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The morning of Tuesday, February 3 was cold and gray, getting ready to snow. The gloom matched the mood sensible people were in, given the steady barrage of bad and getting worse economic news. Inside the Hyatt at Grand Central Station, host to a Crains New York Business forum on The Future of New York City, the atmosphere was different.
More good news in crisis from down the block here in Park Slope: The realty office that I could almost spit on from my stoop has shut its doors, boarded up the classy windows, sent its half-breed parasites home, no more to feed on old women tossed from rent control.
I bet you own a t-shirt. Depending on your various beliefs and their translations into your shopping tendencies, it comes from one of a few places.
When most people think about geography, they think about maps. Lots of maps. Maps with state capitals and national territories, maps showing mountains and rivers, forests and lakes, or maps showing population distributions and migration patterns.
As the economic crisis deepens, our nation is continually reminded of the Great Depression. News articles and pundits regularly make comparisons to the troubled times of the 1930s, even if only to remind us that this disaster is not yet as bad.
Why did the death of the Cramps lead singer Lux Interior seem like the unanticipated punch to the gut? Maybe its because the Cramps were the band from the early days of punk that had the feeling of a staple, like the exotic jelly in your fridgeor that old stashthat you dip into once in a while: surprisingly, it never goes bad and you actually enjoy it whenever you bring it out.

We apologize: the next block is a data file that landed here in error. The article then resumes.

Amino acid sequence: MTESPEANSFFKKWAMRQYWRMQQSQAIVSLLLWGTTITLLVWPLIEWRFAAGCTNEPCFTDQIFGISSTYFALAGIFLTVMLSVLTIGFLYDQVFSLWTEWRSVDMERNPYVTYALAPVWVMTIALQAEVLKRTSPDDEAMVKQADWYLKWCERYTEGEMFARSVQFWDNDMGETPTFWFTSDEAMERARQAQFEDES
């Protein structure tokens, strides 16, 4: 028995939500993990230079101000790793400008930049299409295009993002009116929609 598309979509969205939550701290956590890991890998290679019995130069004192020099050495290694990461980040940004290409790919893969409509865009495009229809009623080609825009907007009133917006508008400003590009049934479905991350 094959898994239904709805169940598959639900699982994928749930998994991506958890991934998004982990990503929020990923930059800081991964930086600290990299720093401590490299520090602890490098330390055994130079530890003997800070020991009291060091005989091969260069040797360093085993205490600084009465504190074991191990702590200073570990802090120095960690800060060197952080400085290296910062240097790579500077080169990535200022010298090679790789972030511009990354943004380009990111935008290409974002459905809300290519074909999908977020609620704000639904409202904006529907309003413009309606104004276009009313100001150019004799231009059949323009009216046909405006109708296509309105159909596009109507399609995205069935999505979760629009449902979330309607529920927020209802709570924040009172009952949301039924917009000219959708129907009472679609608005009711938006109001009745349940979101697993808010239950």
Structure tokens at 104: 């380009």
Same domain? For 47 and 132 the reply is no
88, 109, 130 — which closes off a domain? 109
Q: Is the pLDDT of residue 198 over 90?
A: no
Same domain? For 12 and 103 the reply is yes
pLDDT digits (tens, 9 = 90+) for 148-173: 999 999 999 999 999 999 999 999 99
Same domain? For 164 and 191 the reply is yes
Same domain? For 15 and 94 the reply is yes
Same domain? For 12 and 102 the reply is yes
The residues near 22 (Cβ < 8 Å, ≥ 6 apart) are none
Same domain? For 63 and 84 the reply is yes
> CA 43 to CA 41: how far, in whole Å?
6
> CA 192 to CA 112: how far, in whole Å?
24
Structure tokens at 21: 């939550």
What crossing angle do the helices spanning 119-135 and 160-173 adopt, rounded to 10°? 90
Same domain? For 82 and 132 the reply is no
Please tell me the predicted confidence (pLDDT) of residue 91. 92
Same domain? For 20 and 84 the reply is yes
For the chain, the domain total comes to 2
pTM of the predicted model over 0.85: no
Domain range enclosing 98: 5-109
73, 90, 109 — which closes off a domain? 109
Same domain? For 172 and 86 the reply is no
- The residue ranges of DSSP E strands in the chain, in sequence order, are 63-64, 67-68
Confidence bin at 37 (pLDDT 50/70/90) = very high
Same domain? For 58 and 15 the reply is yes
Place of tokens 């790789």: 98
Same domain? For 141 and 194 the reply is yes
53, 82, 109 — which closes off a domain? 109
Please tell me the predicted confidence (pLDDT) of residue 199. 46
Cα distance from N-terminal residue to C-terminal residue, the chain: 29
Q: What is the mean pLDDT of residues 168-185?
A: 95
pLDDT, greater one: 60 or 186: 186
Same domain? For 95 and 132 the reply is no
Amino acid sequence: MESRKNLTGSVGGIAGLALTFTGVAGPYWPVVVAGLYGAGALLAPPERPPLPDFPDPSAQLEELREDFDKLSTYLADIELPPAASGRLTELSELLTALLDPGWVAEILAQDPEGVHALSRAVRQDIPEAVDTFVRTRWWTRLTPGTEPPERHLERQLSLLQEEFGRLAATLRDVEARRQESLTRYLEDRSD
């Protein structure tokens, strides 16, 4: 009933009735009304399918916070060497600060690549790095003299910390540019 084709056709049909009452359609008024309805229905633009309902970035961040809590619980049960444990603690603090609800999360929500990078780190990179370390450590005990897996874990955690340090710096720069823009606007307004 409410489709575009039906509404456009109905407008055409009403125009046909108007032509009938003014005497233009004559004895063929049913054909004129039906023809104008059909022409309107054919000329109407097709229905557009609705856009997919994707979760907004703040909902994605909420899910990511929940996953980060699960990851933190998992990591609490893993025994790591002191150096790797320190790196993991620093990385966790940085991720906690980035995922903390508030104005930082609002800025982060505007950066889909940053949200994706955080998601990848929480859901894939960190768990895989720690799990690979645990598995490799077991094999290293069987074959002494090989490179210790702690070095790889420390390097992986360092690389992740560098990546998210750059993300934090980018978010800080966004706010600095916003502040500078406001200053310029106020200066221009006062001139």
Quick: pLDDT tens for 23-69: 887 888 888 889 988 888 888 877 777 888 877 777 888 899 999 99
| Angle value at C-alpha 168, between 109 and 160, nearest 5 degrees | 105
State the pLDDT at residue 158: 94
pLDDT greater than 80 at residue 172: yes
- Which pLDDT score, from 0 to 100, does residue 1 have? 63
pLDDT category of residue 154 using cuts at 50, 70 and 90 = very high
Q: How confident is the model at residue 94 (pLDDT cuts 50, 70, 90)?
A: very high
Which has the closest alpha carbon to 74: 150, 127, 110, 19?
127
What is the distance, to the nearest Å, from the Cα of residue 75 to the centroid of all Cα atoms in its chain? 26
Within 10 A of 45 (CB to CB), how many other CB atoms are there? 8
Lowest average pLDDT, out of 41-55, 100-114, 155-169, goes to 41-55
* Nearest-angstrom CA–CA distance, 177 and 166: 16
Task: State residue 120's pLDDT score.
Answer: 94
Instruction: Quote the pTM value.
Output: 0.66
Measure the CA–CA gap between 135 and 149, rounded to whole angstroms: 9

The setup is simple. One prison closes, another opens. The prisoners are transferred. A packet of letters is found. Well, three packets.
Picking Up the Pieces, Sanger's The Inheritance: The World Obama Confronts and the Challenges to American PowerBy Tom Bouman
In the final month of his presidency, George W. Bush asserted more than once that history would be the judge of [his] decisions.
Despite its recent Academy Award for Best Picture, Slumdog Millionaire is not without its detractors. Critics have called the film overrated, over-hyped, exploitative, lacking in substance, and wholly unrealistic.
A Different Sort of Romeo, Sandweiss's Passing Strange: A Gilded Age Tale of Love and Deception Across the Color LineBy Nicholas DeRenzo
Clarence King (1842-1901) was a well-to-do, Newport-born, Yale-educated geologist famous for mapping the Western United States after the Civil War. He drank tea with Queen Victoria, collected fine art, and counted the novelist Henry James as a close personal friend.
It may be impossible to consider the life of John Cheever without hearing his voice. In what seems a duel of arrogance with John Updike on the Dick Cavett Show in 1981, Cheever bests Updikes lilting eyebrows and imperious posture with an aristocratic drawl that would impress even Katharine Hepburn.